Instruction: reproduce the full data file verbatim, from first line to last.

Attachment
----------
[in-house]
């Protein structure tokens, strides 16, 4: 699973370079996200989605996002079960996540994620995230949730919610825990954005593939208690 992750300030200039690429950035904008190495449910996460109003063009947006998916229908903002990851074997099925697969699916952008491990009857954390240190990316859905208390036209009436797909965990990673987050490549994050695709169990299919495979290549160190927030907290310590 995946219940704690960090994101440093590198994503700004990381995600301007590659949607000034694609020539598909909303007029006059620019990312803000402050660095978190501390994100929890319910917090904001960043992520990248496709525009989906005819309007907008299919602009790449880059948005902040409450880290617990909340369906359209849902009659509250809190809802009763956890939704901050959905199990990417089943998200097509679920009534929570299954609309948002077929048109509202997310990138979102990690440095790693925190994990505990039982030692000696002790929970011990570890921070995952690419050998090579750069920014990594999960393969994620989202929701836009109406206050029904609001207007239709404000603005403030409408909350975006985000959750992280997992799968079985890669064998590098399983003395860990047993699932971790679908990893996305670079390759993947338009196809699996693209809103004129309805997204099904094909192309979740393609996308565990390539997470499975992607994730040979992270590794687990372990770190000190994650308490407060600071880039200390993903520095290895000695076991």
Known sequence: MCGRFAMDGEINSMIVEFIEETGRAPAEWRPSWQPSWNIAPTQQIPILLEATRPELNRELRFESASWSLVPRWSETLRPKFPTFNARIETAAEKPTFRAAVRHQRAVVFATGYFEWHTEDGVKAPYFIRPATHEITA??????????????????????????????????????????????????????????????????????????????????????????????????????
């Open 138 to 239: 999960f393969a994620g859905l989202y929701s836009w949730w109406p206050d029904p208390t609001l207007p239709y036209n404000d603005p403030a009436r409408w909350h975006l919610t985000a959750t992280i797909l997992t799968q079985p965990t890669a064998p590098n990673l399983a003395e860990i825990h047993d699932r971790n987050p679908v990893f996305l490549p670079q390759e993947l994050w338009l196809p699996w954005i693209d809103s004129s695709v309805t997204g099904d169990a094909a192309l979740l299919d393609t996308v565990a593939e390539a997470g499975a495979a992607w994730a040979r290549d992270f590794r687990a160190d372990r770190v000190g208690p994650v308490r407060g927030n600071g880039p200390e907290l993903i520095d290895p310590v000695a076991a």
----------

[in-house]
């Protein structure tokens, strides 16, 4: 699973370079996200989605996002079960996540994620995230949730919610825990954005593939208690 992750300030200039690429950035904008190495449910996460109003063009947006998916229908903002990851074997099925697969699916952008491990009857954390240190990316859905208390036209009436797909965990990673987050490549994050695709169990299919495979290549160190927030907290310590 995946219940704690960090994101440093590198994503700004990381995600301007590659949607000034694609020539598909909303007029006059620019990312803000402050660095978190501390994100929890319910917090904001960043992520990248496709525009989906005819309007907008299919602009790449880059948005902040409450880290617990909340369906359209849902009659509250809190809802009763956890939704901050959905199990990417089943998200097509679920009534929570299954609309948002077929048109509202997310990138979102990690440095790693925190994990505990039982030692000696002790929970011990570890921070995952690419050998090579750069920014990594999960393969994620989202929701836009109406206050029904609001207007239709404000603005403030409408909350975006985000959750992280997992799968079985890669064998590098399983003395860990047993699932971790679908990893996305670079390759993947338009196809699996693209809103004129309805997204099904094909192309979740393609996308565990390539997470499975992607994730040979992270590794687990372990770190000190994650308490407060600071880039200390993903520095290895000695076991």
Known sequence: MCGRFAMDGEINSMIVEFIEETGRAPAEWRPSWQPSWNIAPTQQIPILLEATRPELNRELRFESASWSLVPRWSETLRPKFPTFNARIETAAEKPTFRAAVRHQRAVVFATGYFEWHTEDGVKAPYFIRPATHEITA??????????????????????????????????????????????????????????????????????????????????????????????????????
């Open 138 to 239: 999960f393969a994620g859905l989202y929701s836009w949730w109406p206050d029904p208390t609001l207007p239709y036209n404000d603005p403030a009436r409408w909350h975006l919610t985000a959750t992280i797909l997992t799968q079985p965990t890669a064998p590098n990673l399983a003395e860990i825990h047993d699932r971790n987050p679908v990893f996305l490549p670079q390759e993947l994050w338009l196809p699996w954005i693209d809103s004129s695709v309805t997204g099904d169990a094909a192309l979740l299919d393609t996308v565990a593939e390539a997470g499975a495979a992607w994730a040979r290549d992270f590794r687990a160190d372990r770190v000190g208690p994650v308490r407060g927030n600071g880039p200390e907290l993903i520095d290895p310590v000695a076991a």